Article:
John Adams was an admirable man. He dedicated his life to the things he cared most for. He had a strong zeal for this new nation and a passion for protecting the people in it. He acknowledged God’s hand in all these things, despite the social climate of the era. He stood up for what he believed in and sat down for nothing. I am glad to know more about him.
Wednesday, September 23, 2009
They came to our village. I don’t know what to call them. They are not men though. Even rival tribes are not this cruel. Many suspect they are demons sent to punish us. Have we not been punished enough by the scarcity of food and the wars with our neighbors?
They ransacked our home and the homes of everyone in our village. Some of the men tried to fight back, but these demons had tools. They were weapons like none we could make. There was no choice for us but to be bound up and lead away from our family, friends, tribe, and homeland.
Before long they added members of other tribes. Even our rival tribes. We were forced to stand next to each other, walk together, eat what little food we received together. As strongly as we were separated by wars before, we were bound by our hatred for these pale demons now.
We walked, trudging onward for many days. I could understand very little of the other tribes’ languages, much less the curious utterings of those monsters. I had no idea where they were taking us. The one thing I did know was that I would not be happy again.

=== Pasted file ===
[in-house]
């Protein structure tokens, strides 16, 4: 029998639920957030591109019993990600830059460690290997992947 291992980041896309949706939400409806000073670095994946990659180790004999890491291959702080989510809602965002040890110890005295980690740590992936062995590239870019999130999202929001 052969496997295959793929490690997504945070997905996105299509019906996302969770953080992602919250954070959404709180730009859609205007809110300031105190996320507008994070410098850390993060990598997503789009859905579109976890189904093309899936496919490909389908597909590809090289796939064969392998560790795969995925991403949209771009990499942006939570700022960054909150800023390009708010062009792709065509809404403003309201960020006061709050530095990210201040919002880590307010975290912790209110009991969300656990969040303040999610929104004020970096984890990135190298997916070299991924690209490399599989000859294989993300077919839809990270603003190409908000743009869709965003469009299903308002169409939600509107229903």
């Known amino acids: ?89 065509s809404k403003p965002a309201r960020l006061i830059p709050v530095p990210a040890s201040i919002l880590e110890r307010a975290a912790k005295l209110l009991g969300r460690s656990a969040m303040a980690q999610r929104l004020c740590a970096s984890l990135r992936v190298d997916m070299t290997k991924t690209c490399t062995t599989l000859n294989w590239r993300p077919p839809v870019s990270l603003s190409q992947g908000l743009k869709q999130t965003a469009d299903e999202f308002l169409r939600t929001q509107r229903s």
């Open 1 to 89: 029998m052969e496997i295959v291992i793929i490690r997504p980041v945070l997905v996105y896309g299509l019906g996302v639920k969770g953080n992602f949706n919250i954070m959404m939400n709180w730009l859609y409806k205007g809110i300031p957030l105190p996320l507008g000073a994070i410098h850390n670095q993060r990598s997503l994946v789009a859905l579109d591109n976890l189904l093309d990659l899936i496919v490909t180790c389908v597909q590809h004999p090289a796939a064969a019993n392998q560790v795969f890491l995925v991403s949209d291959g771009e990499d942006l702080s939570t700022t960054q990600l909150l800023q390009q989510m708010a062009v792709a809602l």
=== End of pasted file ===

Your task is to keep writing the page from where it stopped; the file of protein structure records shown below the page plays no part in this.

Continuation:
When we could finally see the waters they brought us into a structure. The days I spent there were the first days I had not spent walking like some animal tied on a rope all day in many weeks. I heard them laughing often. It echoed through the huge structure and made it even to the remotest places. Only a demon could laugh while we starved, while we were pushed around like a lion rounds up its prey, while we suffered in this way.
Many of the women were taken advantage of while we were kept by the sea. I was one of the fortunate ones, who escaped that pain, but I witnessed it many times. From those women they took everything away. Their homes were gone. They had no family. They even no longer had a name. But most of all, their sanctity was taken. That is the one thing that caused many to lose their will to survive.
Now we are here on this boat. Shoulder to shoulder. They loaded us like fruits to be traded. With all the flies buzzing around in here, you would think we were quite rotten fruits. I don’t know how long I have been lying like this, but it feels like I have been here for years. I tried to roll on my side early on, but it is impossible. The ceilings are far too low and we are far too close to each other. No doubt they did that intentionally to keep us under control, even though many have lost the desire to fight. Those who wished to escape jumped off the boat as we were coming on. I am sure of their fate, but prefer not to think about it as my brother was one of those brave enough to dive into the waters.
There is the smell of dead flesh not far away. I have tried to hold my breath and ignore the overwhelming perfume of death, but it is no use. Being stuck here has given me much time to think. Often I have thought that the man who dies may be a lucky soul indeed. I have thought many times about how sweet death would taste. For now I can only continue lying here and hoping for the better.